Urinalysis is a simple and non-invasive method for examining a urine sample's physical, chemical, and microscopic characteristics. The results of this examination can indicate possible health conditions a patient may have or the status of a patient's health condition during treatment.

Urinalysis consists of three analysis steps: macroscopic, chemical, and microscopic.

Macroscopic analysis

This step is a gross examination of the urine's physical characteristics where the volume, color, clarity, and odor are observed and compared to reference values.

Chemical analysis

In this step, a series of chemical tests are performed, commonly using a dipstick, to examine the chemical characteristics of the urine sample. The dipstick has pads containing different chemicals that react with various components in the urine. By comparing the resultant colors on the dipstick pads to reference values, you can determine the level of different substances in the urine. Refractometer and osmometer measurements can support findings from the dipstick test.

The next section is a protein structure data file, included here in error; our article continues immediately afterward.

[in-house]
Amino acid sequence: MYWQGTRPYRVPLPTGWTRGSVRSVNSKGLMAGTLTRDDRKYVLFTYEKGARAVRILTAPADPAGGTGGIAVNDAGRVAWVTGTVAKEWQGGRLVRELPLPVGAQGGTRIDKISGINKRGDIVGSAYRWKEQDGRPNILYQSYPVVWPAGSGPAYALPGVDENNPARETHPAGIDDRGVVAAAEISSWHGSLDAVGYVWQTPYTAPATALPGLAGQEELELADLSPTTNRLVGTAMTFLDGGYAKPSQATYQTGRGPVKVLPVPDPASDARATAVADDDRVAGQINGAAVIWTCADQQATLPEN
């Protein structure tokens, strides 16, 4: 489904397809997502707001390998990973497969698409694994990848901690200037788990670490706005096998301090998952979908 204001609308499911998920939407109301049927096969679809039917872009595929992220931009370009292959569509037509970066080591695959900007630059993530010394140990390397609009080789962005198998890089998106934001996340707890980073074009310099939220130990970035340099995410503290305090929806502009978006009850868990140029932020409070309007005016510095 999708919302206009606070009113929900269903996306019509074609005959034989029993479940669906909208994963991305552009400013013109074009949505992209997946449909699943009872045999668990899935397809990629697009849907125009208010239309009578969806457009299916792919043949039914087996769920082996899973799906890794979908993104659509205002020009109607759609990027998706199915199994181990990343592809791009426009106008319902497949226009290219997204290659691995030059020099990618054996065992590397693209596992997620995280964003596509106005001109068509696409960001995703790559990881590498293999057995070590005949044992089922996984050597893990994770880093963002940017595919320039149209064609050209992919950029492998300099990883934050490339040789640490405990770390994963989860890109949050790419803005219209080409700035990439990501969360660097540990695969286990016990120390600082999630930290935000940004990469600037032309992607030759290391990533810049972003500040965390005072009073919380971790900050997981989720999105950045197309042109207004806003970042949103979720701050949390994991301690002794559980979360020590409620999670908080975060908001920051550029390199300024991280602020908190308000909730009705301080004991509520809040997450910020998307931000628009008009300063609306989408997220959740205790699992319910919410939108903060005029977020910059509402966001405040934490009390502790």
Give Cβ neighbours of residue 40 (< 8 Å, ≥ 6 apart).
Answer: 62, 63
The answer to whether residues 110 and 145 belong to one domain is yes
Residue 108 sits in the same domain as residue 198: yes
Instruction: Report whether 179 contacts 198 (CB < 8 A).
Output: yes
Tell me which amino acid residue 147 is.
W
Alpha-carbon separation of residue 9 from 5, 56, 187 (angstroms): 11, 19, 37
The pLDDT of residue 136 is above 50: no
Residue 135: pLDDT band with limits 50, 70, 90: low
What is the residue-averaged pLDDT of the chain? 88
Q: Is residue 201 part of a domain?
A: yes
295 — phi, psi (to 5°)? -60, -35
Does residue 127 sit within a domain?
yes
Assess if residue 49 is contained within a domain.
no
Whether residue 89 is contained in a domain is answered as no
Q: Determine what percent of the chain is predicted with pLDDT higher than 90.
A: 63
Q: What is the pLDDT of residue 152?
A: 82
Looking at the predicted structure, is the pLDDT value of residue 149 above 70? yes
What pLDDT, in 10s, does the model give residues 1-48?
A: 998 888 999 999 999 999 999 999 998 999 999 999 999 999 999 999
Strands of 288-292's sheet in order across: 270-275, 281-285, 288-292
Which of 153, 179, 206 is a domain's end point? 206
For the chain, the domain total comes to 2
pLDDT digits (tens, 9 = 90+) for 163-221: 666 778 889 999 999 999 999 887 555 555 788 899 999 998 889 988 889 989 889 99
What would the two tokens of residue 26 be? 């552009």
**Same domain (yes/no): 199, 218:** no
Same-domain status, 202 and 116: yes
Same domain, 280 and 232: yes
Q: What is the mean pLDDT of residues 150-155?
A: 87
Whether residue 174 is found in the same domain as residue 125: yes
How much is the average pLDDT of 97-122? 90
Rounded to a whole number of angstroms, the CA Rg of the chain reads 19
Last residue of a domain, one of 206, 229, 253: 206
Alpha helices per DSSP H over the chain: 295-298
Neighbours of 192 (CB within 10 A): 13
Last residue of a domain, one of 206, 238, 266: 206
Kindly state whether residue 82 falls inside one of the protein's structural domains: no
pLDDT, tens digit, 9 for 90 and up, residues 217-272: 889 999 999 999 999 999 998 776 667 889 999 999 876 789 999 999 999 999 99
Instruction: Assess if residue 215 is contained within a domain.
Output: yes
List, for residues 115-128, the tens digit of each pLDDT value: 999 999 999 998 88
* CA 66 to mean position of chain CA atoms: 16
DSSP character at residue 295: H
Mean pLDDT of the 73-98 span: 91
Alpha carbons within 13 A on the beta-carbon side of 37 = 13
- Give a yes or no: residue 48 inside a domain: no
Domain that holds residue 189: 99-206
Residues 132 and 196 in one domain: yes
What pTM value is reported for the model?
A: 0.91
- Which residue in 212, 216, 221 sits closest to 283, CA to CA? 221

Microscopic analysis

In the final step of urinalysis, the urine sample is examined under a microscope for cells, crystals, casts, microorganisms, and artifacts. Their numbers at high magnification (400x) are compared to reference values to determine possible causes.

1, macroscopic analysis of the urine. 2, chemical analysis dipping dipsticks in the urine. 3, microscopic analysis of the urine.

Figure 1: Urinalysis consists of three parts: macroscopic, chemical, and microscopic analysis.